- Ron Korb
Jamie: That must have been great! You've toured quite a bit in the Orient,
as the tour archive on your website shows. How has that experience
changed your music? And, conversely, what do you feel your effect was on
the musicians and audiences that you came into contact with there?
Ron: I think performing in Asia has given me more depth and more
understanding of the instruments of that region. As a woodwind player I
learnt about different kinds of vibrato, ornamentation and articulation. It also
gave me inspiration to create new music and a better idea of what the
musical tastes and trends are in the various countries. I think the musicians
we came in contact with experienced a different perspective in the way we
play their traditional instruments. I think they also could appreciate the
western concept of rhythm (playing in time) tuning and also improvisation. I
think for the audiences they came away with a good sense of how Western
and Eastern musicians can make music together and play off each other's
"I think performing in Asia has given me more depth and more
understanding of the instruments of that region."

- Ron Korb
Jamie: Somewhat along the same line, from a business perspective, have
your experiences in Asia shown you any differences between the Western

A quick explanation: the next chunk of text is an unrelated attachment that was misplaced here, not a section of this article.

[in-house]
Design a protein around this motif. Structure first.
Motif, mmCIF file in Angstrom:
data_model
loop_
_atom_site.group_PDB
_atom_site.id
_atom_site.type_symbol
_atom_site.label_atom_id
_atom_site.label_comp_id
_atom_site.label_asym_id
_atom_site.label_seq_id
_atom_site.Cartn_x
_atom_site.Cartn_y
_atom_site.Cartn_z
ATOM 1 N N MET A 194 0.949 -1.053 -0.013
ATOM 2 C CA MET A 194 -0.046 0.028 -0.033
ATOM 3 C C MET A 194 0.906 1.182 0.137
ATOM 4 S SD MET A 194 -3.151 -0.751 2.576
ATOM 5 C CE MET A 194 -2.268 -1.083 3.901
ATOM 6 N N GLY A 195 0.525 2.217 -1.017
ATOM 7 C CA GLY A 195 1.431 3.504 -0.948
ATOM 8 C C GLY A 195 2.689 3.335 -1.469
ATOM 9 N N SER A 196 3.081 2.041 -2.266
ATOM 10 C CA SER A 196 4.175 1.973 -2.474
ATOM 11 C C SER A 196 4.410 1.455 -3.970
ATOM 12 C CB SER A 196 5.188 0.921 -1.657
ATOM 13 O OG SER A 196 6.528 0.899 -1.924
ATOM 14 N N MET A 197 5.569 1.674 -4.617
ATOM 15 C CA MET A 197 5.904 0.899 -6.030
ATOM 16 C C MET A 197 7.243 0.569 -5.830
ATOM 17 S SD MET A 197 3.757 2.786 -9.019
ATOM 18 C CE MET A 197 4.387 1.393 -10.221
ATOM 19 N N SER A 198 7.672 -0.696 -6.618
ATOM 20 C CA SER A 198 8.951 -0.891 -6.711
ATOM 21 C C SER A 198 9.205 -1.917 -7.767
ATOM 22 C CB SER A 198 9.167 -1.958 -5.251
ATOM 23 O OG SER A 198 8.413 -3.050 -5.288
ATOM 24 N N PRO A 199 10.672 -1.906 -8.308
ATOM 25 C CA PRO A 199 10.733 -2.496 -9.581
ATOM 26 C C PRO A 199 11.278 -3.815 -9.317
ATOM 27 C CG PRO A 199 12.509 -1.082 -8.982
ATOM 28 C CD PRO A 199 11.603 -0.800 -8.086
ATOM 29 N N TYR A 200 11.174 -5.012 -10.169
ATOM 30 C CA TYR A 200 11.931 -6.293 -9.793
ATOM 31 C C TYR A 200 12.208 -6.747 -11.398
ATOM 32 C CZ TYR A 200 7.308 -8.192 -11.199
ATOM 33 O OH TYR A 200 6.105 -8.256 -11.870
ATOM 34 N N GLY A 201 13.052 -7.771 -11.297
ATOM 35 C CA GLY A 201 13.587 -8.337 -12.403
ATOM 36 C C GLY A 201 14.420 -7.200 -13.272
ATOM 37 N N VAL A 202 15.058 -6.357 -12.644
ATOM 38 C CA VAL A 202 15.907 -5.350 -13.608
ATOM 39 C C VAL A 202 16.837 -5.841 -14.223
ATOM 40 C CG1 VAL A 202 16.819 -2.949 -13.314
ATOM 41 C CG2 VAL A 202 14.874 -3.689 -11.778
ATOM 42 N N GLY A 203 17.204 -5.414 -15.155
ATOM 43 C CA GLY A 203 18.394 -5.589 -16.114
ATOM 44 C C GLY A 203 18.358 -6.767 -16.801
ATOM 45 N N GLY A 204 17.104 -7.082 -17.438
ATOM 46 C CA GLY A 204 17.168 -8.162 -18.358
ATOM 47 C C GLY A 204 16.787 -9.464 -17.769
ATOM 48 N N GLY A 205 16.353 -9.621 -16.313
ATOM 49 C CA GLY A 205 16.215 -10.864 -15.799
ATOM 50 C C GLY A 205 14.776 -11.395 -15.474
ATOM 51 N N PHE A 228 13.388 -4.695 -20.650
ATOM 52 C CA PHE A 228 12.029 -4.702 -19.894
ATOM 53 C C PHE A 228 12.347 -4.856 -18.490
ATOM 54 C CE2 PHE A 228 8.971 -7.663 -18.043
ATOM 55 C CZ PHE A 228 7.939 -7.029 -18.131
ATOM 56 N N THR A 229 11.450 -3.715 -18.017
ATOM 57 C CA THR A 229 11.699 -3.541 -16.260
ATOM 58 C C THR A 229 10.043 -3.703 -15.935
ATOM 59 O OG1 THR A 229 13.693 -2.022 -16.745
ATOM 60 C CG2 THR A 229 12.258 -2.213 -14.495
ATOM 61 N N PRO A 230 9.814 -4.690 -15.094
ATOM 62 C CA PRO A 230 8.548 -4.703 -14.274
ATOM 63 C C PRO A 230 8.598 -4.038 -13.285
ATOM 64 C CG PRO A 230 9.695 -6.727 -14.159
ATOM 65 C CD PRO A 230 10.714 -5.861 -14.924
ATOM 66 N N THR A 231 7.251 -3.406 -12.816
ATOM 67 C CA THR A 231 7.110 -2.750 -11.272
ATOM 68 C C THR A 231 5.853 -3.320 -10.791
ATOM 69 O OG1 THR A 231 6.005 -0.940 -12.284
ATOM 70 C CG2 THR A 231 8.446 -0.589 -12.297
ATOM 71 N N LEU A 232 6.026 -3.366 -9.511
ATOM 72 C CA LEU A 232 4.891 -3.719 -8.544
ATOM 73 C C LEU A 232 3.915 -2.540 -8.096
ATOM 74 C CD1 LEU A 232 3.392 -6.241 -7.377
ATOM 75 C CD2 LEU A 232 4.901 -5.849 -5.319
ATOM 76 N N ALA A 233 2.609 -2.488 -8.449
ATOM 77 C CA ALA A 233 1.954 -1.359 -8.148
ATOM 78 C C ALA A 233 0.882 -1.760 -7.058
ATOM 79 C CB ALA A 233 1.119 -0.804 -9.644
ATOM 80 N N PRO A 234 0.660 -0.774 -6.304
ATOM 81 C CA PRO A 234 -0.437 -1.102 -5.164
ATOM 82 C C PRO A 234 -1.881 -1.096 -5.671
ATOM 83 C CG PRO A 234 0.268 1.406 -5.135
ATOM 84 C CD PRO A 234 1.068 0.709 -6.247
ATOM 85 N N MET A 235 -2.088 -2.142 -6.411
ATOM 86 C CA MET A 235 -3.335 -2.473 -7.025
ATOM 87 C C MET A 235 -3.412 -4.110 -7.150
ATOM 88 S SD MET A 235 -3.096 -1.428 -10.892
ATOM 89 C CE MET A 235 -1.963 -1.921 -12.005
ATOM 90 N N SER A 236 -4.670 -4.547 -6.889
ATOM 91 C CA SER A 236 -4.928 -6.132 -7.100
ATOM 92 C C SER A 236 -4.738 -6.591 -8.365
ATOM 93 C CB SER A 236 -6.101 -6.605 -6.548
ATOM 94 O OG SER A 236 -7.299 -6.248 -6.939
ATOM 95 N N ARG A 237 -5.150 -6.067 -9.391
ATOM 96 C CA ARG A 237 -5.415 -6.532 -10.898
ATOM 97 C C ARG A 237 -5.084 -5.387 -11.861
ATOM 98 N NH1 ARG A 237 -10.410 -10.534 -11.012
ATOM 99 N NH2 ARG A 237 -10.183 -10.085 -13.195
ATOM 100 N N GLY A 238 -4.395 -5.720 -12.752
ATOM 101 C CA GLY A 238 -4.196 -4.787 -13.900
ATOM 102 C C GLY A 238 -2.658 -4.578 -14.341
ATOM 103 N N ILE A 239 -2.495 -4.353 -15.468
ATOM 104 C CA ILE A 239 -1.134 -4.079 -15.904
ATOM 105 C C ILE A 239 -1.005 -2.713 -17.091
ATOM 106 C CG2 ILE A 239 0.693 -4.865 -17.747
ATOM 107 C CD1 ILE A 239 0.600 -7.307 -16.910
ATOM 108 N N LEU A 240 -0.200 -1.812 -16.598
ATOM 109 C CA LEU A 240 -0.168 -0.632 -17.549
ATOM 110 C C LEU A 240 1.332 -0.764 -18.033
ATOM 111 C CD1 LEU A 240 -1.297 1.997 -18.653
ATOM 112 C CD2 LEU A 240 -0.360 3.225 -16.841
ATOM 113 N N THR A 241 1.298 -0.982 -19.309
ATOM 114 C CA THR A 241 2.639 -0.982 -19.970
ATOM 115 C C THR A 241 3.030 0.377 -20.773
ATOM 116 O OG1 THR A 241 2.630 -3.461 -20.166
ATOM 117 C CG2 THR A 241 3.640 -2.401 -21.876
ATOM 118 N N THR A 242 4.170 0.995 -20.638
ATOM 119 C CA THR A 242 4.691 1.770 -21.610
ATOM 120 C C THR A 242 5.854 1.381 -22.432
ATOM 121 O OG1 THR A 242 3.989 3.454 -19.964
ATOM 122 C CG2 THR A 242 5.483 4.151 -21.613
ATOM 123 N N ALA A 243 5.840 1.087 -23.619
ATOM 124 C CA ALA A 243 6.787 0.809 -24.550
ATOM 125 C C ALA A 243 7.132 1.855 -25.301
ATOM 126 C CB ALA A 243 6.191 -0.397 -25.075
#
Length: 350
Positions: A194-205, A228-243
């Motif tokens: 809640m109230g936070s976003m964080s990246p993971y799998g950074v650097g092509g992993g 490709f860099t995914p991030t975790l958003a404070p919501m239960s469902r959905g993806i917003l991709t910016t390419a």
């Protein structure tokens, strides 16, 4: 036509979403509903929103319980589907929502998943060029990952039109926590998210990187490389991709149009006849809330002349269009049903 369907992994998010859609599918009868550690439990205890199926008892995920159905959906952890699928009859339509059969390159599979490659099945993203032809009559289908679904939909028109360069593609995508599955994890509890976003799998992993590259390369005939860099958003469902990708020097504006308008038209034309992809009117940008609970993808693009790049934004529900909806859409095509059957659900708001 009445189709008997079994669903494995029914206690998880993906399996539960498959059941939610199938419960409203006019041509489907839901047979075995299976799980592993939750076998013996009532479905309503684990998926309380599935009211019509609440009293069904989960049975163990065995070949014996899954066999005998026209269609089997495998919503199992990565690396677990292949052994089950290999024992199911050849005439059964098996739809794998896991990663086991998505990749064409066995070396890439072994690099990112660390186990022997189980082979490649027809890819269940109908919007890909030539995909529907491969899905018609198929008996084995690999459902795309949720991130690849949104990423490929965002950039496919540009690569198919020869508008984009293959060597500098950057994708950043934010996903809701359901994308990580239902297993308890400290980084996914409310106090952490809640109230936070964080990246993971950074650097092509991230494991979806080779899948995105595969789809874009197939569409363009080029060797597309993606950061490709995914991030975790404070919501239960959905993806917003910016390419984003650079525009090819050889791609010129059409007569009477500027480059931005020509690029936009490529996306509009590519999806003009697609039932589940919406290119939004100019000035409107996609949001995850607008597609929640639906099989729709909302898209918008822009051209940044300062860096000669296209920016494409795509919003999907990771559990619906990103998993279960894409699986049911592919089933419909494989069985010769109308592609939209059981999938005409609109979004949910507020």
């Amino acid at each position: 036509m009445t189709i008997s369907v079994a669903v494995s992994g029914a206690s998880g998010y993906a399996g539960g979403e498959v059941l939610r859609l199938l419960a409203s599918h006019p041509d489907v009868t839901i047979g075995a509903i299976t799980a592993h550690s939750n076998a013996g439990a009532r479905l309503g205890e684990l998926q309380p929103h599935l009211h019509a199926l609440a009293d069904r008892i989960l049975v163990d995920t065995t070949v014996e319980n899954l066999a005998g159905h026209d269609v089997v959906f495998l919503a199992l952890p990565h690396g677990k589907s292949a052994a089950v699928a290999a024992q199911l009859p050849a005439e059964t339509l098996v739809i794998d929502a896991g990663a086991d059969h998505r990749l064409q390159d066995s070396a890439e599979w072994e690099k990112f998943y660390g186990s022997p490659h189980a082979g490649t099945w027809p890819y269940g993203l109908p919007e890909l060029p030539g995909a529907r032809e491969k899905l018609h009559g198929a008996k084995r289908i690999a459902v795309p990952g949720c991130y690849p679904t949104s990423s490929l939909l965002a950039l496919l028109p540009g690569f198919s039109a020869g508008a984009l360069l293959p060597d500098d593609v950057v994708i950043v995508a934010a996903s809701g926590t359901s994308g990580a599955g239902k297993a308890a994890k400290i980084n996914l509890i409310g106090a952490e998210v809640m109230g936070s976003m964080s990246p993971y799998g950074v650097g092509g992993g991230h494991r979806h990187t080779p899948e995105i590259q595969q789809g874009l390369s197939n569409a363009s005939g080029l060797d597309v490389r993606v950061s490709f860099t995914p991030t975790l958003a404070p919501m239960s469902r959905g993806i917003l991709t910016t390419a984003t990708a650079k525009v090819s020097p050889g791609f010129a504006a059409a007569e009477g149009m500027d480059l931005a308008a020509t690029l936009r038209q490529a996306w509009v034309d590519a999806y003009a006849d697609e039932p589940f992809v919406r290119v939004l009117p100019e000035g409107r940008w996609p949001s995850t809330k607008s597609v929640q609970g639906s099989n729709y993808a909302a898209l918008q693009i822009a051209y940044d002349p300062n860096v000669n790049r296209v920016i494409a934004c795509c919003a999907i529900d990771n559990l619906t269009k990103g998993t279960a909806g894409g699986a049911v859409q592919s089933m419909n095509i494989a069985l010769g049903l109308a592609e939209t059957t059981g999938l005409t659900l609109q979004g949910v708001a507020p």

and Eastern music market?
Ron: There is a huge difference in the Western and Eastern music markets
not only in musical taste but in business style. Each country in Asia is
different as well but in general I would say in Asia there is more emphasis
on melody and presentation whereas in the West, attitude and stretching
the boundaries is more respected. The Asian businessmen are very
respectful of artists and gracious hosts when you tour in their countries.
Jamie: So what's up next for you? Any new recordings or tours in the
Ron: I am working on a few new projects and I also have some tours
scheduled. The main one is a ten-date tour of Mainland China in the fall.
For those concerts I will be working with some new musicians on piano,
violin and bass. I also am negotiating some tours in Central America,
South East Asia and Japan.
Jamie: That sounds great -- you're definitely going to be busy! Thanks
for taking the time to do this artist-to-artist conversation and please stay
in touch!